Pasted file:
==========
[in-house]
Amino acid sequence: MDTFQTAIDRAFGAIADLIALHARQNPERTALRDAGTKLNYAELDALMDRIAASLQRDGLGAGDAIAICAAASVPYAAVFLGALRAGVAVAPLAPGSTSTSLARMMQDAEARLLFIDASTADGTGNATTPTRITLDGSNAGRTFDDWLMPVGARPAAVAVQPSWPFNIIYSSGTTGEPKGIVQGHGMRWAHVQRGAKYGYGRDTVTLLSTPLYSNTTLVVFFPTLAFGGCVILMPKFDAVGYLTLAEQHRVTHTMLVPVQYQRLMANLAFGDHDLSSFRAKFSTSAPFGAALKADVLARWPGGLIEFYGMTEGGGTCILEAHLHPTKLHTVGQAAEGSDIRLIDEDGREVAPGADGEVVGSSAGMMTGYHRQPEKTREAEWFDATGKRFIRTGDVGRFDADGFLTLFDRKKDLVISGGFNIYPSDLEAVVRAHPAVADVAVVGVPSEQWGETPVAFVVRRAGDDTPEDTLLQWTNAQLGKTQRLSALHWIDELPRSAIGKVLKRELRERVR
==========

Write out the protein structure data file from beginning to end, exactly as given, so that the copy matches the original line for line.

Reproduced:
[in-house]
Amino acid sequence: MDTFQTAIDRAFGAIADLIALHARQNPERTALRDAGTKLNYAELDALMDRIAASLQRDGLGAGDAIAICAAASVPYAAVFLGALRAGVAVAPLAPGSTSTSLARMMQDAEARLLFIDASTADGTGNATTPTRITLDGSNAGRTFDDWLMPVGARPAAVAVQPSWPFNIIYSSGTTGEPKGIVQGHGMRWAHVQRGAKYGYGRDTVTLLSTPLYSNTTLVVFFPTLAFGGCVILMPKFDAVGYLTLAEQHRVTHTMLVPVQYQRLMANLAFGDHDLSSFRAKFSTSAPFGAALKADVLARWPGGLIEFYGMTEGGGTCILEAHLHPTKLHTVGQAAEGSDIRLIDEDGREVAPGADGEVVGSSAGMMTGYHRQPEKTREAEWFDATGKRFIRTGDVGRFDADGFLTLFDRKKDLVISGGFNIYPSDLEAVVRAHPAVADVAVVGVPSEQWGETPVAFVVRRAGDDTPEDTLLQWTNAQLGKTQRLSALHWIDELPRSAIGKVLKRELRERVR